While some school administrators may, the unfortunate truth is that most teachers have little to no training in cybersecurity. They’re the front lines of defense against cyberattacks and not only are they unprepared, but the technology at their disposal is often outdated.
According to a recent survey conducted by IBM, sixty percent of teachers received no extra cybersecurity training from their employers during the COVID-19 pandemic. Even more shocking, half of the respondents indicated that they had never received cybersecurity training before.
While federal laws like the Family Educational Rights and Privacy Act (FERPA), Children’s Internet Protection Act (CIPA), and Children’s Online Privacy Protection Rule (COPPA) aim to regulate students’ activity online, they fall short of fully protecting schools themselves. Education records remain a hot item for attackers, and schools are simply not doing enough to defend against them.
But according to experts, this might be an issue of resource scarcity rather than one of carelessness. Although many schools recognize the importance of robust data security, few have the funding necessary to put proper solutions in place. It’s getting hard to find a district with enough funding to invest in proper classroom sizes and resources. IT? That isn’t on the top of the priority list.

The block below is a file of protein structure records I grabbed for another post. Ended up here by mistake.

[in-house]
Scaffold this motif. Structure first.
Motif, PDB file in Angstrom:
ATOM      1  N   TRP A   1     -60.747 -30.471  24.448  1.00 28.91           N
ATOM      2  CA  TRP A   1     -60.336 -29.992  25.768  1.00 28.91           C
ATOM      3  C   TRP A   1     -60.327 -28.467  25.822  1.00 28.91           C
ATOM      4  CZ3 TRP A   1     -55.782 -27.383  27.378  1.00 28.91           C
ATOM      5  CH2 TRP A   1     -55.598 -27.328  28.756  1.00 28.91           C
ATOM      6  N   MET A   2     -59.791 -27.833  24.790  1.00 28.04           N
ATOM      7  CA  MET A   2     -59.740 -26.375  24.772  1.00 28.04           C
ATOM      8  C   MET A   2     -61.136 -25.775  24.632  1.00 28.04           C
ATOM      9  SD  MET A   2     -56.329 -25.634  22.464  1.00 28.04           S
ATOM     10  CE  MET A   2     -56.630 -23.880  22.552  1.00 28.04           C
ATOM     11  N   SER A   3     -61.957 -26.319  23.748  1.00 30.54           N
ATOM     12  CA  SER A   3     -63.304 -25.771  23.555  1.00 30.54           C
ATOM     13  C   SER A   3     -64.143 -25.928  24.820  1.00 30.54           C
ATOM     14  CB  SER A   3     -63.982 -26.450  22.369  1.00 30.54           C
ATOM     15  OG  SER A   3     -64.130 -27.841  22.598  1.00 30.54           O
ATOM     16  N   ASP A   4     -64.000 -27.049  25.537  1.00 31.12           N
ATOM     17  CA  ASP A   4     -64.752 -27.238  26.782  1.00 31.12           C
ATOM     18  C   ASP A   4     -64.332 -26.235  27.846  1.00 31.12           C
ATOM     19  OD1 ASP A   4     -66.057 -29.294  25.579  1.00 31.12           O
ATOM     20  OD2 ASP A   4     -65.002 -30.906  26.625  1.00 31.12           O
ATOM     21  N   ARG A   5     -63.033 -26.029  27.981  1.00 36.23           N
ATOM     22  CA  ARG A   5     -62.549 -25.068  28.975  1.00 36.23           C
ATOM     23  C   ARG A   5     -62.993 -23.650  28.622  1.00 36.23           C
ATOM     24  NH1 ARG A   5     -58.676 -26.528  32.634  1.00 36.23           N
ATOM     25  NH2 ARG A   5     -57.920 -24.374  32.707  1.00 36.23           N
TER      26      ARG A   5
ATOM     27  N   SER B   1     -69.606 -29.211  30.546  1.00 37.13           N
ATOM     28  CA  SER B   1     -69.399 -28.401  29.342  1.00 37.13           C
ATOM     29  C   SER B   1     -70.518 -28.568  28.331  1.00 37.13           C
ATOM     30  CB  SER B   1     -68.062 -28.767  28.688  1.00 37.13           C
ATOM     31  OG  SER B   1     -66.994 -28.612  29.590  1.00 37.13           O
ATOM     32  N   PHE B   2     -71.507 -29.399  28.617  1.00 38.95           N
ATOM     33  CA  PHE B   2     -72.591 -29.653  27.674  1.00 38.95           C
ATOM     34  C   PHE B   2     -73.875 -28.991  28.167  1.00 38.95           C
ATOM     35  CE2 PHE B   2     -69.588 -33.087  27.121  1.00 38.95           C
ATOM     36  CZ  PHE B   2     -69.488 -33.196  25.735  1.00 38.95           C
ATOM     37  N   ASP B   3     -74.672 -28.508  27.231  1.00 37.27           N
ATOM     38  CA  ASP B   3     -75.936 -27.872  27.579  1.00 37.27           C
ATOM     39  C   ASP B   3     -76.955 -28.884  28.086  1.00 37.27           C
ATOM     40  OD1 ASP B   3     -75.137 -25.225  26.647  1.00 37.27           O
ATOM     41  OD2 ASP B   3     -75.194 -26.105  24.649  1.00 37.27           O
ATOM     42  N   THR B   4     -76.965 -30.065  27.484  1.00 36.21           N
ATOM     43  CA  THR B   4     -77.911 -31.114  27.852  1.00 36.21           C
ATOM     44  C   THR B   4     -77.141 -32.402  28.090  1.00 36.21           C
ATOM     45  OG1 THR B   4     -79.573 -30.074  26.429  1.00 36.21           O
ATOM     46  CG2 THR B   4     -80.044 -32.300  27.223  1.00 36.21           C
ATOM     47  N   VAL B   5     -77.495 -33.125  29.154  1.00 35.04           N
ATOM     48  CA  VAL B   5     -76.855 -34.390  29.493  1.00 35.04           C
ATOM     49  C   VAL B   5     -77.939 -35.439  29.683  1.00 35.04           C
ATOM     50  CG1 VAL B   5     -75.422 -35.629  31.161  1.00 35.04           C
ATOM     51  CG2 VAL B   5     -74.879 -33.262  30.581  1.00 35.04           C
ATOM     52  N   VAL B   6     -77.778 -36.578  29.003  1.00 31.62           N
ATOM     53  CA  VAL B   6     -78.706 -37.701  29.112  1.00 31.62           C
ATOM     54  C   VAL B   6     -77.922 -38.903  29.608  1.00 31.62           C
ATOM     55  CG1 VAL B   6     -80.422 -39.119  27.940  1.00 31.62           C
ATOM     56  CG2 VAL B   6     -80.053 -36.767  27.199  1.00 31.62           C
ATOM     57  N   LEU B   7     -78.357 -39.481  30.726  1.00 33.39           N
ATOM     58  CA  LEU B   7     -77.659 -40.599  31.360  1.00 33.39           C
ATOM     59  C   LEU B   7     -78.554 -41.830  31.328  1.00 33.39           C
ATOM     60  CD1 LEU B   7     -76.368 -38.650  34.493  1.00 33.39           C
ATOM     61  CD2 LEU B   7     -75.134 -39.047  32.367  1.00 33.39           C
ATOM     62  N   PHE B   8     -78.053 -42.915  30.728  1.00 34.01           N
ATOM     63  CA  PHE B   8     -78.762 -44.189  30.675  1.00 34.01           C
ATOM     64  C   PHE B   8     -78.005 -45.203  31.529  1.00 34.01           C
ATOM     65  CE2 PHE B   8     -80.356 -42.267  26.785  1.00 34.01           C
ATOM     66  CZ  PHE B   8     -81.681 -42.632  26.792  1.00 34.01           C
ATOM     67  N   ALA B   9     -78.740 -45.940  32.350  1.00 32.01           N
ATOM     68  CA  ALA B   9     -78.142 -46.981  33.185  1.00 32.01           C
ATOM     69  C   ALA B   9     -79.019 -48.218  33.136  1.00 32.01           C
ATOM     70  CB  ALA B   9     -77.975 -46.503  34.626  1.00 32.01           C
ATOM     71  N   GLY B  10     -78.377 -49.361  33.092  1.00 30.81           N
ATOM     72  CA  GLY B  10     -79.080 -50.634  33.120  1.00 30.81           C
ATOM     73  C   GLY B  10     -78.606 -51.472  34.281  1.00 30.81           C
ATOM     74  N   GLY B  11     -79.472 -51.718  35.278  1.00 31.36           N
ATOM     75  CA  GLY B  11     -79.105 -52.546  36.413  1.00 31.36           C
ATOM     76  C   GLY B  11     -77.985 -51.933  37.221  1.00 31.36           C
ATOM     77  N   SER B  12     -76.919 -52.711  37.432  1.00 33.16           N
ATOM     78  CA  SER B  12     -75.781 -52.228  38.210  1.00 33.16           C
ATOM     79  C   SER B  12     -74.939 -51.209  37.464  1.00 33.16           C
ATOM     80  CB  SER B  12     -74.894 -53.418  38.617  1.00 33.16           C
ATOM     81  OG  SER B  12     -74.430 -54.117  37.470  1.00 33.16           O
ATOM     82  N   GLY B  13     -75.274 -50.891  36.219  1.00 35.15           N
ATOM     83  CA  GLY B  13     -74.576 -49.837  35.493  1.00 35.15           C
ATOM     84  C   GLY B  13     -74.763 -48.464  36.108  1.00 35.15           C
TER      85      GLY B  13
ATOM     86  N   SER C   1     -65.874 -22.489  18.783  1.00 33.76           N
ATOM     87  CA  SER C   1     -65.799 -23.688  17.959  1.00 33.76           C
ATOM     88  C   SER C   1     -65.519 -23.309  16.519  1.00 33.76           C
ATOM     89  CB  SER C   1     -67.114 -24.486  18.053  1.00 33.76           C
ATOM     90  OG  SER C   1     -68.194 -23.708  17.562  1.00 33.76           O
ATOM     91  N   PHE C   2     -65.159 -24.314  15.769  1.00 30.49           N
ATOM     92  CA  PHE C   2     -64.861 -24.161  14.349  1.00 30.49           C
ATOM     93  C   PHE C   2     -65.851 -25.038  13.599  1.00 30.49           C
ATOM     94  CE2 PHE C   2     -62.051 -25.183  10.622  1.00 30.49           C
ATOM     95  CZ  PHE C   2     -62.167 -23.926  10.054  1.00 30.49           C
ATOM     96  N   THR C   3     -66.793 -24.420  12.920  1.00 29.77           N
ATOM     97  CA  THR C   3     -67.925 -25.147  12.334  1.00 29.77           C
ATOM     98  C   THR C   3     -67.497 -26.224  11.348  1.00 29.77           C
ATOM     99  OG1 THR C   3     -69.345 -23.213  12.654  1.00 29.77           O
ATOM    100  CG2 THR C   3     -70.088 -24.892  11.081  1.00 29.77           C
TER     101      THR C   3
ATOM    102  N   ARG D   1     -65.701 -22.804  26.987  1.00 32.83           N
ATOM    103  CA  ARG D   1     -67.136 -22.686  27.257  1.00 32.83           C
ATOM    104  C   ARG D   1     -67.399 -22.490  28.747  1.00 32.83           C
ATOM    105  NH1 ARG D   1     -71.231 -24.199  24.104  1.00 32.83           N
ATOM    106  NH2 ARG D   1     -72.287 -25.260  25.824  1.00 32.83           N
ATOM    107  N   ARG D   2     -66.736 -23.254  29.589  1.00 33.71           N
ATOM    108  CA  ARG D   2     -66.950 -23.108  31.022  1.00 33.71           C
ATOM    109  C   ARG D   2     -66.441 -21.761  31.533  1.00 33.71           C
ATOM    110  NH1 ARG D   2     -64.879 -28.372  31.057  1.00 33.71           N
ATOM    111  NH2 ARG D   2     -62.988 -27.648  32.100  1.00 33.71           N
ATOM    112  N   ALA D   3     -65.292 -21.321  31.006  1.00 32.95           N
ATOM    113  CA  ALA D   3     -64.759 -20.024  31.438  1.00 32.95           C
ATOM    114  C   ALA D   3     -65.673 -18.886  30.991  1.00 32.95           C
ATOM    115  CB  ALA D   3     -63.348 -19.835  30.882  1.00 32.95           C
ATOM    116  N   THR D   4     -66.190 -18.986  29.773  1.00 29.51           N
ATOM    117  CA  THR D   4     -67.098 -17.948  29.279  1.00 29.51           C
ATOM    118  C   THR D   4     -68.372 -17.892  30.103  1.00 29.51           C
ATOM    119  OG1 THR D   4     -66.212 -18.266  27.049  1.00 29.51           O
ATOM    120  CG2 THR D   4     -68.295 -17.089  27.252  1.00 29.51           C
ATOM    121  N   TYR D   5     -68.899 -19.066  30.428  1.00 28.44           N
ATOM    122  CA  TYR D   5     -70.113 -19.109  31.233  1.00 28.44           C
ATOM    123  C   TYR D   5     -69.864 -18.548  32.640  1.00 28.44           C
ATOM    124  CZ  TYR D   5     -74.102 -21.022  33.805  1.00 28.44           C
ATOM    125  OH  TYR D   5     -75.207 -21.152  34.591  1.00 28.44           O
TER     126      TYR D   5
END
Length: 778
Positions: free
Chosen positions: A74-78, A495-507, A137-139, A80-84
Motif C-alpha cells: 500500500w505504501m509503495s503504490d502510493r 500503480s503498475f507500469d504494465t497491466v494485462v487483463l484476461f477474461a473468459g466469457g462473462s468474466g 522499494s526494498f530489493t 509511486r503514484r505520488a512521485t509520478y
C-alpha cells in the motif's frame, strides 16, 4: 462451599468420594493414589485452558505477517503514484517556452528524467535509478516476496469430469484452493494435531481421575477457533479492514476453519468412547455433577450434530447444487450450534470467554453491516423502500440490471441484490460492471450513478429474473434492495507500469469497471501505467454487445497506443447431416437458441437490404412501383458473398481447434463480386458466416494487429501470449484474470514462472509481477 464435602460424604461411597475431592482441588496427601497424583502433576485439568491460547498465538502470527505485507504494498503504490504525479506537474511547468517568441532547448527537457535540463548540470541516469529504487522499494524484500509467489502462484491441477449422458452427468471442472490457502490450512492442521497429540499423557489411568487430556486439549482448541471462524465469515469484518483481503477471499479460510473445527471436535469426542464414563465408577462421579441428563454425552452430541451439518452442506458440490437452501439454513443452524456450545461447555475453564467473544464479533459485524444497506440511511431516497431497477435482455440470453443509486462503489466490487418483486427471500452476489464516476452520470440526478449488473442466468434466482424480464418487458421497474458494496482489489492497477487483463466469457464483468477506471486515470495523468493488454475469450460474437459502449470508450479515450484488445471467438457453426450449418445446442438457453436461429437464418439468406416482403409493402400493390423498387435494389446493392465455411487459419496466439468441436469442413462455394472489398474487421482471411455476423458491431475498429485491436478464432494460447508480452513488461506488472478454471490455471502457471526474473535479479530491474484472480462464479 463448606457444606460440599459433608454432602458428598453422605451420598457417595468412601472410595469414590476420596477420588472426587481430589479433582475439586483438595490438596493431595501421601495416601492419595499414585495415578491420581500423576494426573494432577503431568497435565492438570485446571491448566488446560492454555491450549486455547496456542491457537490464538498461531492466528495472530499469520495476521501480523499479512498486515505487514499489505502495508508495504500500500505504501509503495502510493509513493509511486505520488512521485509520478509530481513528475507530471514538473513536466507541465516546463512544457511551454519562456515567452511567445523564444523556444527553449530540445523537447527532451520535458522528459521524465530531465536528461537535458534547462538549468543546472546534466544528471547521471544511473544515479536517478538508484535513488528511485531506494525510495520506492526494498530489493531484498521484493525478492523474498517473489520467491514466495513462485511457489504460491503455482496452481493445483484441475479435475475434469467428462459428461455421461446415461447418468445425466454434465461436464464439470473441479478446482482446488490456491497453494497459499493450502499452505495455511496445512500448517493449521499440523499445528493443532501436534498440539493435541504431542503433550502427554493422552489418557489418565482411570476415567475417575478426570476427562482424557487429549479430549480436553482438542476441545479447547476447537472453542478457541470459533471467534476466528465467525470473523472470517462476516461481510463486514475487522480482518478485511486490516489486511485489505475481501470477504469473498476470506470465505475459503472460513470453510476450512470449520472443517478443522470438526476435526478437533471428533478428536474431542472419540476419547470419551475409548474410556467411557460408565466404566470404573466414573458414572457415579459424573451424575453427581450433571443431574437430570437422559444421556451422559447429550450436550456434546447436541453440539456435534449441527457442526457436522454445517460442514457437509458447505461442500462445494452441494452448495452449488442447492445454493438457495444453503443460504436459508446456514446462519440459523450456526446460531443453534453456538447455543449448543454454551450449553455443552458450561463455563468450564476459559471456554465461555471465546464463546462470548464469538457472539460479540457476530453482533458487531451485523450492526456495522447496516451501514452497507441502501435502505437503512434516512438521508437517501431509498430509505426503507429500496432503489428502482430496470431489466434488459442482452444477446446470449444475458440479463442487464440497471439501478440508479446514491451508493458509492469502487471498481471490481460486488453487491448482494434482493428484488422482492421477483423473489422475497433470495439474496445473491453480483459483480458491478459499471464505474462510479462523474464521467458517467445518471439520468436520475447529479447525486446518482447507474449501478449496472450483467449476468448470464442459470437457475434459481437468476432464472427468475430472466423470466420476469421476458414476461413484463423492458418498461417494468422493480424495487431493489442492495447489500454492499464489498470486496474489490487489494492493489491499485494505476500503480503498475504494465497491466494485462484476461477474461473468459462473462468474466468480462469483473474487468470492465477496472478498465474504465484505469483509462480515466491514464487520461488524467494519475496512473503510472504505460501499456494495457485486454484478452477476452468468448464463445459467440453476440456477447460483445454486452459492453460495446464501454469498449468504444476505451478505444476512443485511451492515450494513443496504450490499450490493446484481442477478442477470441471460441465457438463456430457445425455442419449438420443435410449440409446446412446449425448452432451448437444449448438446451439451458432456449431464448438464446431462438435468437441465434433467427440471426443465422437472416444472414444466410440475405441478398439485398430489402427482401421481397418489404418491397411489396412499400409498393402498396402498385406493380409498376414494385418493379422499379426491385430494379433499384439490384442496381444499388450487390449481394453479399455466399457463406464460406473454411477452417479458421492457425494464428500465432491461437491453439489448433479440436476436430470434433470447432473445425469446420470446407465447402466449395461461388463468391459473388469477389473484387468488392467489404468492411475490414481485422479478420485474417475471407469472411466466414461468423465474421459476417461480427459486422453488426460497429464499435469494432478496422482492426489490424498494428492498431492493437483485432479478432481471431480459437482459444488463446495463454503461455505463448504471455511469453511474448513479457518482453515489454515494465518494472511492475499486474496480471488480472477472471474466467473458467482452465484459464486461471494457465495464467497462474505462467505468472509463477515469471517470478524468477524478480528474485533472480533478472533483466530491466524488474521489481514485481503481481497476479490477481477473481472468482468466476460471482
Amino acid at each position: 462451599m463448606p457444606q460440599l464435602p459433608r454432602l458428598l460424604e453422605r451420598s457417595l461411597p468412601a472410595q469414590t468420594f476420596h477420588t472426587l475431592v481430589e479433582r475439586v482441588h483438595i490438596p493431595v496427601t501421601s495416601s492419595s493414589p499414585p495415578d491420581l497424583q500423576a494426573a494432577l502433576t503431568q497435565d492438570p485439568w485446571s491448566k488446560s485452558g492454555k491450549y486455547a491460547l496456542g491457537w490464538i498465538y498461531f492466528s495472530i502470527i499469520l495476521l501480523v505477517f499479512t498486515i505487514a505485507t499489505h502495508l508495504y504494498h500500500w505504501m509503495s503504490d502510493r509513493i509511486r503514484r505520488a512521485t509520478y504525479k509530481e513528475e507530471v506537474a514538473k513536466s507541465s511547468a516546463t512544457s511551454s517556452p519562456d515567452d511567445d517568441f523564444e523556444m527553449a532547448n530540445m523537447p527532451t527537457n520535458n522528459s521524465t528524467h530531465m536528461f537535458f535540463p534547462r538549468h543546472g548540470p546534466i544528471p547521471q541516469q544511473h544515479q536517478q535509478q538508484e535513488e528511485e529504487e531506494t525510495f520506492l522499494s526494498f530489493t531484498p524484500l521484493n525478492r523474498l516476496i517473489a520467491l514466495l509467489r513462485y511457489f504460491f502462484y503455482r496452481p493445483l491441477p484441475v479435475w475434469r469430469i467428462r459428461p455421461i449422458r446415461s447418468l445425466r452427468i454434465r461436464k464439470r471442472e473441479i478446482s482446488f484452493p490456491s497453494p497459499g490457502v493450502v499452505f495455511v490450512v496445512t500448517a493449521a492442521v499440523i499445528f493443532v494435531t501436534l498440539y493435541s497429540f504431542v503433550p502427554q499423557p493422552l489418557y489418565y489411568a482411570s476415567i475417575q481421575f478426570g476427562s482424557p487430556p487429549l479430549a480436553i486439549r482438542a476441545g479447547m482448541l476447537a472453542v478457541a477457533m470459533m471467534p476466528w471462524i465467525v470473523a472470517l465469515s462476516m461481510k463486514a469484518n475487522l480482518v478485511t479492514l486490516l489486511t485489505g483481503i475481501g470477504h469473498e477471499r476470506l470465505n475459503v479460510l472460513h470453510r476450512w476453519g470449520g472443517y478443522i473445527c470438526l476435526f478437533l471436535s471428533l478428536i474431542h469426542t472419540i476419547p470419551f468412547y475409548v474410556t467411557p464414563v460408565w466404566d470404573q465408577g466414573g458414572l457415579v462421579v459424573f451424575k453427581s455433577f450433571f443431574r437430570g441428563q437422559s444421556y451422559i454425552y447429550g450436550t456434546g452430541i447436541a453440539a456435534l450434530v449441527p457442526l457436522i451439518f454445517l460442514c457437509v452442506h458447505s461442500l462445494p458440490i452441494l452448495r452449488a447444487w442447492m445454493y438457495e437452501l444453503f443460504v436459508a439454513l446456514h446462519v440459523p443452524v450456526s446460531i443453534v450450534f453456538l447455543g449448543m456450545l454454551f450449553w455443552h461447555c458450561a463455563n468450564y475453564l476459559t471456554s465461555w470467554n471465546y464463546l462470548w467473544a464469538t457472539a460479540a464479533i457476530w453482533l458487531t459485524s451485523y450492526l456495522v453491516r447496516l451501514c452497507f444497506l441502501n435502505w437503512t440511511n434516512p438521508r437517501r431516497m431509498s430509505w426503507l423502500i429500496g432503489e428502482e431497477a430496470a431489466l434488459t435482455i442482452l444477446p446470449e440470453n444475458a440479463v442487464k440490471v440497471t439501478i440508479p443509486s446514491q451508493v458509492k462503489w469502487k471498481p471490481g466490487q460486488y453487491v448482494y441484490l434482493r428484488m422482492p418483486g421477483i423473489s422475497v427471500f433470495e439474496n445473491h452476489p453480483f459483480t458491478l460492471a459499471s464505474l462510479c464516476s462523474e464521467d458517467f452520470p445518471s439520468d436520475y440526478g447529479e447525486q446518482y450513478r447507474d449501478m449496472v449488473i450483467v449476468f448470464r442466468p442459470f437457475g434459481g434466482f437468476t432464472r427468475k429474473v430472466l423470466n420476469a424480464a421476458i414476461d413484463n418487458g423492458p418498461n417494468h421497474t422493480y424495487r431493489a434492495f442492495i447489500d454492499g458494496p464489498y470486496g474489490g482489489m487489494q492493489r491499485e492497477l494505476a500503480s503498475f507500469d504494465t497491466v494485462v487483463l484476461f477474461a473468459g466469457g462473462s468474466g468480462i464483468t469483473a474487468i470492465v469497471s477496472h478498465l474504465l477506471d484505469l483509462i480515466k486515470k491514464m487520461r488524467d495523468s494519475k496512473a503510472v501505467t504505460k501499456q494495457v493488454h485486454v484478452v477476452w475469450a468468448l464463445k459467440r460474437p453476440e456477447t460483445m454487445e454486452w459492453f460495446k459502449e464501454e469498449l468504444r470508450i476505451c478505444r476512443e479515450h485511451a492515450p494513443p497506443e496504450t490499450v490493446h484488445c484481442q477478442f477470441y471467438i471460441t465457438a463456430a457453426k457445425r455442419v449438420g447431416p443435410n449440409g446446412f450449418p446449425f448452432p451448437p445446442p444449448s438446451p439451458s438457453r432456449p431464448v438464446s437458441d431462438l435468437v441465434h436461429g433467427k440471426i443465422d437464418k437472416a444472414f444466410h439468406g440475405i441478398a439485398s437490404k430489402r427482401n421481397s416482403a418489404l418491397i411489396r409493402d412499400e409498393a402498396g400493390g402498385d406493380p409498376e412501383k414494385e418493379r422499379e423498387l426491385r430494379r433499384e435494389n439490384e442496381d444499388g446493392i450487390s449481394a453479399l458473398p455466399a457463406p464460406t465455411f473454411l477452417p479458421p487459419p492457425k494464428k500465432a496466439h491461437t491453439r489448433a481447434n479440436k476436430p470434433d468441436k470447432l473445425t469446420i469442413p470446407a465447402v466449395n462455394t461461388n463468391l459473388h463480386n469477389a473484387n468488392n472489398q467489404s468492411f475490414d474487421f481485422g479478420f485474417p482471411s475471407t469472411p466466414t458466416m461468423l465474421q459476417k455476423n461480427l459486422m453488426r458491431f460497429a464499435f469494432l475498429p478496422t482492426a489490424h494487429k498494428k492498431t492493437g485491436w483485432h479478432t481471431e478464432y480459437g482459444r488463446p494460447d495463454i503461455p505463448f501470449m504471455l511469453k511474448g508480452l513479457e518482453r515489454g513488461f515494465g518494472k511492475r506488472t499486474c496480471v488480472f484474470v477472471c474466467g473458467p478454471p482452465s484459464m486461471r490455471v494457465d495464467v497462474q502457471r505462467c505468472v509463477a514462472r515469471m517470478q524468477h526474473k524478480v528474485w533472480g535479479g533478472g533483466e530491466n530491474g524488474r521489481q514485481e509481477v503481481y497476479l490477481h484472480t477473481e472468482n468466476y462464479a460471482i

As attacks continue to proliferate though, the consensus among both lawmakers and educators is that cybersecurity can’t wait any longer. Many states have begun stepping up their efforts in data privacy enforcement, with 45 having enacted some form of new student-oriented law since 2014. Among the most prominent include the Student Online Personal Protection Act (SOPPA), which requires Illinois’ State Board of Education to ongoingly publish lists of online services and applications the district uses, data being collected, why it’s being collected, and to notify parents of any compromised security within 30 days.
Other states have followed suit, with laws regulating education data being passed in various forms. Examples include the Student Online Personal Information Protection Act (SOPIPA) in California and the Massachusetts Data Security Law.